Israel authorities distribute demolition orders in Hebron
PNN — On Friday 2nd November, Israeli occupation authorities distributed demolition orders to seven houses in Ethna village, west of Hebron Governorate. The owners of the notified houses told Land Research Center (LRC) that patrols of Israeli army, escorted by staff of Israel’s Civil Administration raided Khelit Harb area and “put the demolition orders on the houses and took some pictures before leaving.” The notices were issued by Israel’s Civil Administration and came on claims that the houses were build without an Israeli authorization.
IOA threatens to remove solar panels and a school south of Al-Khalil
AL-KHALIL (PIC) 2 Nov — The Israeli occupation forces (IOF) have threatened on Thursday the people of Alfajat and Taban areas east of Yatta, south of al-Khalil, in the occupied West Bank, to remove the solar panels that provide their area with electricity, and to demolish al-Mosafer school in the same area. Haji Akram Sari Abu Sabha, 44, the network guard, confirmed to the PIC reporter, that the occupation forces raided the room that contains the solar panels network and threatened to remove it. Abu Sabha considered that “this measure came in the context of tightening the noose around the citizens in order to force them to leave.”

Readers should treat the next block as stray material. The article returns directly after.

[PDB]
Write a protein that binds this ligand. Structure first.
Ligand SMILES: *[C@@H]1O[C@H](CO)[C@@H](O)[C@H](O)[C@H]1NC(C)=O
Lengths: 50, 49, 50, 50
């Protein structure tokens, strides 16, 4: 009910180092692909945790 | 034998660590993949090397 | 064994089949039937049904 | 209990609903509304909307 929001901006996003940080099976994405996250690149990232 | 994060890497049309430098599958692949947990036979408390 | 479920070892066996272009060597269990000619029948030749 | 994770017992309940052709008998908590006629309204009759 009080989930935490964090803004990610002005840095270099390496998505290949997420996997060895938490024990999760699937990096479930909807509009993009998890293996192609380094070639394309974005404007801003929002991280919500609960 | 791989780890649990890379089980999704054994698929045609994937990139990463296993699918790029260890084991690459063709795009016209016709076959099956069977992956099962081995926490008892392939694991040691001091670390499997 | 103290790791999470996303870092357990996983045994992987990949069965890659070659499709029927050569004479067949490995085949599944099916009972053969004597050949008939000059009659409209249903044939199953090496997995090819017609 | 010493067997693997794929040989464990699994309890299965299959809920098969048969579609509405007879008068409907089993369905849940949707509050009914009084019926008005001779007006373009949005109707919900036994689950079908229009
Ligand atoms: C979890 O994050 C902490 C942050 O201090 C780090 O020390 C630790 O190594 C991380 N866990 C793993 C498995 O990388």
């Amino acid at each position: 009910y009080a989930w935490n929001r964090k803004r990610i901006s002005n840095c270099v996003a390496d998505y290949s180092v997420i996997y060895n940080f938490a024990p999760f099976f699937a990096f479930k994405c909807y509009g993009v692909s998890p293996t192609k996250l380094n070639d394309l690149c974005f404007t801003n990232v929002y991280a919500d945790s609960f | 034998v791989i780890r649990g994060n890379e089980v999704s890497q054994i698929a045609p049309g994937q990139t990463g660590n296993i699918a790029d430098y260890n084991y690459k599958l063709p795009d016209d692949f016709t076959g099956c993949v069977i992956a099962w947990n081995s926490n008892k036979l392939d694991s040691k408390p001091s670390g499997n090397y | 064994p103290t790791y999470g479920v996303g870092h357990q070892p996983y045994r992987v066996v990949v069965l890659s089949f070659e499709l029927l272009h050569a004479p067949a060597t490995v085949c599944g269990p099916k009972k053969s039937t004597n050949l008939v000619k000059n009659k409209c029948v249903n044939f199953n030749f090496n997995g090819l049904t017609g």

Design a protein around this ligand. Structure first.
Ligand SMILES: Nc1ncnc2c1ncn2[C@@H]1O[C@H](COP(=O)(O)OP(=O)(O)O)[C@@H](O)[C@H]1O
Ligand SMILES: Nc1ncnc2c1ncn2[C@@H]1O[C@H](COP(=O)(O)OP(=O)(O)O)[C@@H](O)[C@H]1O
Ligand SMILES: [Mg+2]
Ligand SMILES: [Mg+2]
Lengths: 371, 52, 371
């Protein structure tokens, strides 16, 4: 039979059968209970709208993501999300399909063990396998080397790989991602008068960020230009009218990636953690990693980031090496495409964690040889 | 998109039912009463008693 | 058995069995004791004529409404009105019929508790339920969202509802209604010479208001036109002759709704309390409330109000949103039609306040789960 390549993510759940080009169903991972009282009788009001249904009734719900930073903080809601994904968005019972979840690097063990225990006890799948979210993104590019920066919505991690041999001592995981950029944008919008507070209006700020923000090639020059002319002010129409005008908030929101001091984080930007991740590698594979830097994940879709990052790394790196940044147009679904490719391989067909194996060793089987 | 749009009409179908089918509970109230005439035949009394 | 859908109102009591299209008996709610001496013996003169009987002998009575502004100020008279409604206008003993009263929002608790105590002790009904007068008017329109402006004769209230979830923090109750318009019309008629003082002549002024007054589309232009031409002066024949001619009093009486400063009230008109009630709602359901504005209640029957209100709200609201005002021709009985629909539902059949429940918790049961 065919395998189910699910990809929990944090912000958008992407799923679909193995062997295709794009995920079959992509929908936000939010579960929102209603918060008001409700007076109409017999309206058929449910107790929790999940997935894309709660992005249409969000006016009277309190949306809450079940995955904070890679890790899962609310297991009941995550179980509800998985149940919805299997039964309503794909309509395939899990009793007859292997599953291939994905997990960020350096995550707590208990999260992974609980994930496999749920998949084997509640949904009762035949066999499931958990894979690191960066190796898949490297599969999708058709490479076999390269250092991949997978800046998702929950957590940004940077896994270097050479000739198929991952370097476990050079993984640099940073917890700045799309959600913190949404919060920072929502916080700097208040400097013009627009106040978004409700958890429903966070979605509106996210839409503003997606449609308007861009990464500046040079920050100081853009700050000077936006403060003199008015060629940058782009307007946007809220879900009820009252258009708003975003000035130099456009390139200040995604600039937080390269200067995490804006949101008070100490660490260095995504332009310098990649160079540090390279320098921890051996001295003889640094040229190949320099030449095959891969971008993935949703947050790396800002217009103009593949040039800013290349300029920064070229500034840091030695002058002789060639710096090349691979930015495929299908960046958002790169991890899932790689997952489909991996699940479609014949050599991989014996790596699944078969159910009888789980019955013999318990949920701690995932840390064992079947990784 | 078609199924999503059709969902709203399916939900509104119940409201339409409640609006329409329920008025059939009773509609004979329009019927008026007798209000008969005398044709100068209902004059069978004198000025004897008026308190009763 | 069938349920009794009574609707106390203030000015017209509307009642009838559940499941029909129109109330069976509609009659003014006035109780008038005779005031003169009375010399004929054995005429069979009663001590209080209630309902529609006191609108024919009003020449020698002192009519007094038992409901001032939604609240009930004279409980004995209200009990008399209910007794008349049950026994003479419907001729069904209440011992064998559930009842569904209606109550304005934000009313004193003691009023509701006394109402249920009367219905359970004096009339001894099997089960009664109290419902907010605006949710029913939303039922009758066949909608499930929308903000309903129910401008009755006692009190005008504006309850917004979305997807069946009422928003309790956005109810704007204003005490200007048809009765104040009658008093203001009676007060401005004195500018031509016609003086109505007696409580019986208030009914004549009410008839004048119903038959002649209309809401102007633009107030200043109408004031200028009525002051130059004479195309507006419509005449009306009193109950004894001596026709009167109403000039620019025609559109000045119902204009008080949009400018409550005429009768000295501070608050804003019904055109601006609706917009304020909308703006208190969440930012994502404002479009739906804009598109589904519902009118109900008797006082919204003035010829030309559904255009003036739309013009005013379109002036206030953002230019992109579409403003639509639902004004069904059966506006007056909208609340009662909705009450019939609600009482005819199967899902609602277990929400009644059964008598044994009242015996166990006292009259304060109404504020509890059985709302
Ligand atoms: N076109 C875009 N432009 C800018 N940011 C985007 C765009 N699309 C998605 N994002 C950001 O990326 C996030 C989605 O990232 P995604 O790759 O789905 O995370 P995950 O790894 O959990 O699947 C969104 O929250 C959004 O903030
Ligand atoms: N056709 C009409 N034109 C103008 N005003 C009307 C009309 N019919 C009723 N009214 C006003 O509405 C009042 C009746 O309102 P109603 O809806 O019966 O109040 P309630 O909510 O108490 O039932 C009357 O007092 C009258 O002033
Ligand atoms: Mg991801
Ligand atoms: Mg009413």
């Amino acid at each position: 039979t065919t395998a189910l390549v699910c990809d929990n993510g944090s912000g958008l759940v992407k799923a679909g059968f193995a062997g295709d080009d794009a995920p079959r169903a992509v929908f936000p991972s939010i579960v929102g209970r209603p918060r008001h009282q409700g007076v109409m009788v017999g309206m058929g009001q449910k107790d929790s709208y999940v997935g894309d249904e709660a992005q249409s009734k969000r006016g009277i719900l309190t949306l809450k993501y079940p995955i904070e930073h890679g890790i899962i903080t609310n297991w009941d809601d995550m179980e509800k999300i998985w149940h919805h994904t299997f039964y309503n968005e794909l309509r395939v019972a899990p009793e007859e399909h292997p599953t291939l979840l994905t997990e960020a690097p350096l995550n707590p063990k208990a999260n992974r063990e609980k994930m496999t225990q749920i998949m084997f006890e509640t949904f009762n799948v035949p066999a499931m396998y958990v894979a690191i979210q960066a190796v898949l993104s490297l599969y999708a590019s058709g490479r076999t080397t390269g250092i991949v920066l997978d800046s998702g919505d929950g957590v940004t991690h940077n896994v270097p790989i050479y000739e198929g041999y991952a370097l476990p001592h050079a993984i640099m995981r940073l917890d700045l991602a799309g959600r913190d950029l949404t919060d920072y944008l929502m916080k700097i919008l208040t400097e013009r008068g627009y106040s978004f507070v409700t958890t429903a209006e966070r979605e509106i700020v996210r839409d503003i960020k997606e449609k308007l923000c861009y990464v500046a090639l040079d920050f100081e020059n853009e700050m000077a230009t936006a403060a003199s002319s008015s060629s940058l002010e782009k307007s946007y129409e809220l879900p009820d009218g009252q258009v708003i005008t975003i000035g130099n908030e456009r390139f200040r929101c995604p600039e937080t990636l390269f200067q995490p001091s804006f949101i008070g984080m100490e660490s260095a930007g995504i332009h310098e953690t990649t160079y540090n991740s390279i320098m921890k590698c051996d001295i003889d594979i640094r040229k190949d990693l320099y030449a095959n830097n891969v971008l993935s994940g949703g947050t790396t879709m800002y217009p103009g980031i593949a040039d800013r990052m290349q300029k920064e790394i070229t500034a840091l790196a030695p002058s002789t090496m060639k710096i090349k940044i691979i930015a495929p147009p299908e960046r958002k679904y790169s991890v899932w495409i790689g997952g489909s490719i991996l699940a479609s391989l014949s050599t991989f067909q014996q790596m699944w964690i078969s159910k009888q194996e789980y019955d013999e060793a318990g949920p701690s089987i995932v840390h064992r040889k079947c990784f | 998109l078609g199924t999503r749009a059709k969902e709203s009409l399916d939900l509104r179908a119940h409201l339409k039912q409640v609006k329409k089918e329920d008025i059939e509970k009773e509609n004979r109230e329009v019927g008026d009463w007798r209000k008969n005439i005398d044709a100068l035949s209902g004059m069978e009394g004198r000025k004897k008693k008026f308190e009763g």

Israel: New risk to Palestinian Christians’ livelihoods
Ind. Catholic News 1 Nov — Bishops in the Holy Land are rallying in defence of Christian families near Bethlehem who risk losing access to their olive groves and fruit farms if the Israeli government goes ahead with plans to extend its security wall. Plans to extend the West Bank Barrier — a security measure which separates the Palestinian territories from Israel — through the Cremisan Valley will affect the livelihoods of 58 families in the predominantly Christian village of Beit Jala.
Occupation devises new ways to punish the Palestinian MPs
RAMALLAH (PIC) 31 Oct — The occupied West Bank in general and its city of Ramallah, in particular, witnessed recently, a remarkable escalation in Israeli brutal practices against Palestinian MPs and liberated prisoners. The Israeli forces have increased its violations through seizing MPs’ vehicles, a new phenomenon that is described by political analysts as “piracy”.
Restriction of movement
OPT: Israeli promises of family reunification fall short